FOR IMMEDIATE RELEASE
Contact: Sam Fettig
(St. Paul and Duluth) – September 15, 2022 – Today, 15,000 nurses with the Minnesota Nurses Association (MNA) returned to work after their historic three-day strike, believed to be the largest private-sector nurses’ strike in United States history. Throughout the strike at 15 hospitals in the Twin Cities and Twin Ports, an overwhelming number of nurses walked the picket line at each hospital, joined by patients, fellow workers, elected officials, and other community supporters.
“Out on the picket line this week, nurses built our collective power like never before,” said Mary C. Turner, RN at North Memorial Hospital and MNA President. “When our executives refuse to fully staff our hospitals and continue to push nurses out of the profession, that is a public health crisis. I hope the collective action of 15,000 nurses this week shows our CEOs that we are serious about solving this crisis – and I hope hospital executives will finally join us to work towards solutions. Nurses stand ready to return to the bargaining table next week to settle fair contracts to improve care and working conditions at the bedside.”
Nurses have been bargaining for six months over new contracts, seeking changes to address the crisis of understaffing and retention in our hospitals. There is no shortage of nurses in Minnesota, but deteriorating care and working conditions are driving more nurses to leave the bedside. Recent studies show that more than half of all nurses are considering leaving the profession while adverse events for patients are increasing.
“Corporate healthcare policies are devastating our communities, care at the bedside, and healthcare workers,” said Chris Rubesch, RN at Essentia Duluth and First Vice President of the Minnesota Nurses Association. “Hospital executives are closing facilities and charging patients more while taking home multi-million dollar salaries. This week, thousands of Duluth and Superior nurses joined nurses across the state to demand that hospital executives put the focus where it belongs in our hospitals: on patient care at the bedside, not the bottom line.”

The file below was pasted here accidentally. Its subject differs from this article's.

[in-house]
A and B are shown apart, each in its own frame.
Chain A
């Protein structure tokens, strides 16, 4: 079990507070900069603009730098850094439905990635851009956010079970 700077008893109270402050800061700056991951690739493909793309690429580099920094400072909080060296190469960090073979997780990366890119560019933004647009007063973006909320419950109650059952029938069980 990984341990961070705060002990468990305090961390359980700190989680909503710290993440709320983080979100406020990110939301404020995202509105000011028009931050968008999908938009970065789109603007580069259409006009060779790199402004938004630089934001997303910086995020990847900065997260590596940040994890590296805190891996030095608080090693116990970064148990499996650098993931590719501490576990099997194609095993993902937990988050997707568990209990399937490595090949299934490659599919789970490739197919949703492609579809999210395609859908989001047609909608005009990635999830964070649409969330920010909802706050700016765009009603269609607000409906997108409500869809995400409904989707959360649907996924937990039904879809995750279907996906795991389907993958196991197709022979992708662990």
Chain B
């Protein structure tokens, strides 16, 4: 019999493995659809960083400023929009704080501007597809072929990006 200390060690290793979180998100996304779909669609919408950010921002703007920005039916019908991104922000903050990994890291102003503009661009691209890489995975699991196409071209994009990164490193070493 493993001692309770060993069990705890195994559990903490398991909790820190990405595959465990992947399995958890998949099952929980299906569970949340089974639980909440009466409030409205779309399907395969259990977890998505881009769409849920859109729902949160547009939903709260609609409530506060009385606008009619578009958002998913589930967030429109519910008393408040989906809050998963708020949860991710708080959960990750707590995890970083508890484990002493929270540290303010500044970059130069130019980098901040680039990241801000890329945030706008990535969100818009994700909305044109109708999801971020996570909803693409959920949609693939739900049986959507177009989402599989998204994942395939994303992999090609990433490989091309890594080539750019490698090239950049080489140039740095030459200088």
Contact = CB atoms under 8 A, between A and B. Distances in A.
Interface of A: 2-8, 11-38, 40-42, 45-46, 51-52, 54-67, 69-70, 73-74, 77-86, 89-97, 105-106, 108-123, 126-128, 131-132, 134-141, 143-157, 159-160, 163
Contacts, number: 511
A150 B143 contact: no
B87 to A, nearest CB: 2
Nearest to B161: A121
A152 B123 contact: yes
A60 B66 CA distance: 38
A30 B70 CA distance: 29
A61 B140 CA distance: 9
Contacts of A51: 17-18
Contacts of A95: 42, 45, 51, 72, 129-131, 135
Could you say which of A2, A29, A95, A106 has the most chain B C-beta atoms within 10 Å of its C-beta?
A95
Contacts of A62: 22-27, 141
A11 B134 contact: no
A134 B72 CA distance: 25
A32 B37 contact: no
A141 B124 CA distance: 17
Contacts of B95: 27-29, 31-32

In contract negotiations, MNA nurses are asking for a seat at the table when staffing decisions are made, to address under-staffing and overwork and to keep more nurses at the bedside. But in six months of negotiations, hospital executives with million-dollar salaries have refused to negotiate with nurses over solutions to the crises of short-staffing, retention and patient care. Contracts for nurses in the Twin Cities expired on May 31, and contracts for nurses in the Twin Ports expired on June 30, 2022.
As the three-day strike concludes, nurses stand ready to resume negotiations to win fair contracts to protect patient care and the nursing profession at the bedside. After hospital executives cancelled previously planned negotiation sessions this week, nurses look forward to working towards a fair contract as bargaining meetings are scheduled for the coming week. Hospital executives with million-dollar salaries can afford to make the changes necessary to protect care and working conditions at the bedside.
Hospitals where nurses went on strike this week are listed below.
|Hospital||System + CEO||CEO Compensation||Pay Ratio to Avg. RN|
|Riverside||M Health Fairview, CEO James Hereford||$3.5M||40 to 1|
|St. Mary’s Duluth||Essentia Health,|
CEO David Herman
|$2.69M||38 to 1|
|St. Mary’s Superior|
CEO Andrea Walsh
|$2.4M||28 to 1|
|Abbott Northwestern||Allina Health,|
CEO Lisa Shannon
|$1.76M||21 to 1|
|Children’s Minneapolis||Children’s Hospitals,|
CEO Mark Gorelick
|$1.4M||17 to 1|
|Children’s St. Paul|
|North Memorial||North Memorial,|
CEO J. Kevin Croston
|$1.3M||16 to 1|
|St. Luke’s||St. Luke’s,|
Co-CEOs Eric Lohn and Nicholas Van Deelen
|$700K+||10 to 1|